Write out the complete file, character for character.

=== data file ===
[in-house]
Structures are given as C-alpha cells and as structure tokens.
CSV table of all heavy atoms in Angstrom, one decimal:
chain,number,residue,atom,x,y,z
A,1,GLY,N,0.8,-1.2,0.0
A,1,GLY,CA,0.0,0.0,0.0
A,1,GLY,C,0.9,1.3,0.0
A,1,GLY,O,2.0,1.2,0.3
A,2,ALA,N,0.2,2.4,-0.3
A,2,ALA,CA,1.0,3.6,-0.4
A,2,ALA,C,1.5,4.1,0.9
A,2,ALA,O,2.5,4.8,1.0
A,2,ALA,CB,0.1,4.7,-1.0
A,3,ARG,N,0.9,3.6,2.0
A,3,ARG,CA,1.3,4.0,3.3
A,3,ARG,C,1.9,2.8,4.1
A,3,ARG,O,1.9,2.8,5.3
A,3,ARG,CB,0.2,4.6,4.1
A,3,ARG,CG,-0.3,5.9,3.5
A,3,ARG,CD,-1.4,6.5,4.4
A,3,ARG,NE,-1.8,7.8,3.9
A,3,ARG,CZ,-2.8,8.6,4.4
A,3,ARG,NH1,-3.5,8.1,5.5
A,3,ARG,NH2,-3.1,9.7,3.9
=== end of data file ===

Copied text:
[in-house]
Structures are given as C-alpha cells and as structure tokens.
CSV table of all heavy atoms in Angstrom, one decimal:
chain,number,residue,atom,x,y,z
A,1,GLY,N,0.8,-1.2,0.0
A,1,GLY,CA,0.0,0.0,0.0
A,1,GLY,C,0.9,1.3,0.0
A,1,GLY,O,2.0,1.2,0.3
A,2,ALA,N,0.2,2.4,-0.3
A,2,ALA,CA,1.0,3.6,-0.4
A,2,ALA,C,1.5,4.1,0.9
A,2,ALA,O,2.5,4.8,1.0
A,2,ALA,CB,0.1,4.7,-1.0
A,3,ARG,N,0.9,3.6,2.0
A,3,ARG,CA,1.3,4.0,3.3
A,3,ARG,C,1.9,2.8,4.1
A,3,ARG,O,1.9,2.8,5.3
A,3,ARG,CB,0.2,4.6,4.1
A,3,ARG,CG,-0.3,5.9,3.5
A,3,ARG,CD,-1.4,6.5,4.4
A,3,ARG,NE,-1.8,7.8,3.9
A,3,ARG,CZ,-2.8,8.6,4.4
A,3,ARG,NH1,-3.5,8.1,5.5
A,3,ARG,NH2,-3.1,9.7,3.9